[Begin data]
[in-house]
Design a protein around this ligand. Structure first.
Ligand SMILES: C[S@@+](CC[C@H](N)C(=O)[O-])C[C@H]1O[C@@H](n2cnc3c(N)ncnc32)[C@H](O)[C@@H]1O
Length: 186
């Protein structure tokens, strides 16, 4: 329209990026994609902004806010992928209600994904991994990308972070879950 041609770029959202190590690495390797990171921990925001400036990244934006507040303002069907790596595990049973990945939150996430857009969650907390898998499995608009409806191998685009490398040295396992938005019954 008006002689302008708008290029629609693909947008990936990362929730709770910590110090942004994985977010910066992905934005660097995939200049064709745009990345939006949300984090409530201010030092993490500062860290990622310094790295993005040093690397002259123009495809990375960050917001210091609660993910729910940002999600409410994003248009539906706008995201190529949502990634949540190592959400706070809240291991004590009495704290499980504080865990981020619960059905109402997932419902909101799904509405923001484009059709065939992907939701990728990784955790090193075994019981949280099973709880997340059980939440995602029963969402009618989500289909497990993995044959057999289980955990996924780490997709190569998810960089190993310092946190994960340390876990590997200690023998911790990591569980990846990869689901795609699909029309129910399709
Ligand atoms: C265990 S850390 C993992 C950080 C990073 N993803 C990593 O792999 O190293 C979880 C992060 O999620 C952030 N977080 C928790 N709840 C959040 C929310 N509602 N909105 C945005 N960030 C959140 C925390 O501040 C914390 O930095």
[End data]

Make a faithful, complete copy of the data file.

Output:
[in-house]
Design a protein around this ligand. Structure first.
Ligand SMILES: C[S@@+](CC[C@H](N)C(=O)[O-])C[C@H]1O[C@@H](n2cnc3c(N)ncnc32)[C@H](O)[C@@H]1O
Length: 186
């Protein structure tokens, strides 16, 4: 329209990026994609902004806010992928209600994904991994990308972070879950 041609770029959202190590690495390797990171921990925001400036990244934006507040303002069907790596595990049973990945939150996430857009969650907390898998499995608009409806191998685009490398040295396992938005019954 008006002689302008708008290029629609693909947008990936990362929730709770910590110090942004994985977010910066992905934005660097995939200049064709745009990345939006949300984090409530201010030092993490500062860290990622310094790295993005040093690397002259123009495809990375960050917001210091609660993910729910940002999600409410994003248009539906706008995201190529949502990634949540190592959400706070809240291991004590009495704290499980504080865990981020619960059905109402997932419902909101799904509405923001484009059709065939992907939701990728990784955790090193075994019981949280099973709880997340059980939440995602029963969402009618989500289909497990993995044959057999289980955990996924780490997709190569998810960089190993310092946190994960340390876990590997200690023998911790990591569980990846990869689901795609699909029309129910399709
Ligand atoms: C265990 S850390 C993992 C950080 C990073 N993803 C990593 O792999 O190293 C979880 C992060 O999620 C952030 N977080 C928790 N709840 C959040 C929310 N509602 N909105 C945005 N960030 C959140 C925390 O501040 C914390 O930095």